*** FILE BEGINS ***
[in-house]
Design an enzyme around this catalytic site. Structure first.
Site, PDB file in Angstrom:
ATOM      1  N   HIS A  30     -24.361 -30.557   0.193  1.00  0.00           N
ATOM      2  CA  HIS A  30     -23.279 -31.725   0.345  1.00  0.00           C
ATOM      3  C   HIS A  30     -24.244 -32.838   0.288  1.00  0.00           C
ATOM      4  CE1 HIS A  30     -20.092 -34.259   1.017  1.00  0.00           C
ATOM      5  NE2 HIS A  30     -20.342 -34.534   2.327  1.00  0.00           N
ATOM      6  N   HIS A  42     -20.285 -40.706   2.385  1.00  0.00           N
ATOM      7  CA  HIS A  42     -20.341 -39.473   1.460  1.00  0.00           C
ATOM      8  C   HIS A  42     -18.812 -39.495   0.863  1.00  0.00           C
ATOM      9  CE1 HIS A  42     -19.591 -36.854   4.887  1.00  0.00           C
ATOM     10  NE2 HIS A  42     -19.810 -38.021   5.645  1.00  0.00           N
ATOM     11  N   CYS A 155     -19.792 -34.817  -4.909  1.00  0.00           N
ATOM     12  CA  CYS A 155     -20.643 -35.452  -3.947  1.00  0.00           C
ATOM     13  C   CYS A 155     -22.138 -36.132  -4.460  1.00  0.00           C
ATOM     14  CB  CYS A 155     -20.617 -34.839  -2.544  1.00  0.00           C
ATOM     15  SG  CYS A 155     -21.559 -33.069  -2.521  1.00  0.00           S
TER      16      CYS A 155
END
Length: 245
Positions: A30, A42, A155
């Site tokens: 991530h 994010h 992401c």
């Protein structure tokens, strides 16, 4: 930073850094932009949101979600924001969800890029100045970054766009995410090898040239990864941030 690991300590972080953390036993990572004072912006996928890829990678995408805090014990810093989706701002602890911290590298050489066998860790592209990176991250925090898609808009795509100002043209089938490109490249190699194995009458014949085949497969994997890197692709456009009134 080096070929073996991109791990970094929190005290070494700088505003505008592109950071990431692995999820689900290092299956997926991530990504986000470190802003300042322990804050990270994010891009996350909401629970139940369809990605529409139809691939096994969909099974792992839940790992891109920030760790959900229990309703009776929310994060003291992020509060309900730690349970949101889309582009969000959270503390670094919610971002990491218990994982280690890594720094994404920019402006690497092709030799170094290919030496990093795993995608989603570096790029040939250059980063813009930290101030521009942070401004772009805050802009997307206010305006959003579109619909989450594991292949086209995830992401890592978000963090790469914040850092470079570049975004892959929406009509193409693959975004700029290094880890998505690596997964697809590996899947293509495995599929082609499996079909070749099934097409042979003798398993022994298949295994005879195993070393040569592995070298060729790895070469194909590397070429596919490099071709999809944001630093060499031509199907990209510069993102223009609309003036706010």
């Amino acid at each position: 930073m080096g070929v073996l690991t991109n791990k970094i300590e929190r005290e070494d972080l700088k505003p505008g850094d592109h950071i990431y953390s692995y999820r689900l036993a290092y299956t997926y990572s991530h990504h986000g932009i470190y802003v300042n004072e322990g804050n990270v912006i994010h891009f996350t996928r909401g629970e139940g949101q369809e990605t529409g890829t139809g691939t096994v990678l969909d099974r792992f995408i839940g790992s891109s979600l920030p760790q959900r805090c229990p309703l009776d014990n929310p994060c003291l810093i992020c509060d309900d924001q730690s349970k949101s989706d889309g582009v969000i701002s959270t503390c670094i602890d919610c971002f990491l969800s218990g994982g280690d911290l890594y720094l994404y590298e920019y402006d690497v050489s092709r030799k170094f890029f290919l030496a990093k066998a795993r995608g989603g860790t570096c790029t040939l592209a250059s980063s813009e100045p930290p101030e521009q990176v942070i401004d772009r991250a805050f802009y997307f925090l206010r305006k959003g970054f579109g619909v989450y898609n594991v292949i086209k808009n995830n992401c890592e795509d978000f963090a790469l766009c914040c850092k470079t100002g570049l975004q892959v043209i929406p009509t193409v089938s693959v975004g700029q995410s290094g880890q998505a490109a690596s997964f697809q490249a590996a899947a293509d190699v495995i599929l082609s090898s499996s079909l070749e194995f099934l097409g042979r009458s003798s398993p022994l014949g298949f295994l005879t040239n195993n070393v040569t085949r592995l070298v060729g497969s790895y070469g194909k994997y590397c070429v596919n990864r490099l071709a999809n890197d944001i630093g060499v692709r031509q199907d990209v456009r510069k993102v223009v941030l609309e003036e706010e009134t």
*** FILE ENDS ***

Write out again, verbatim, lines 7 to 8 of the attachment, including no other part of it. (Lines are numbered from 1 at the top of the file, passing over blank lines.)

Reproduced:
ATOM      4  CE1 HIS A  30     -20.092 -34.259   1.017  1.00  0.00           C
ATOM      5  NE2 HIS A  30     -20.342 -34.534   2.327  1.00  0.00           N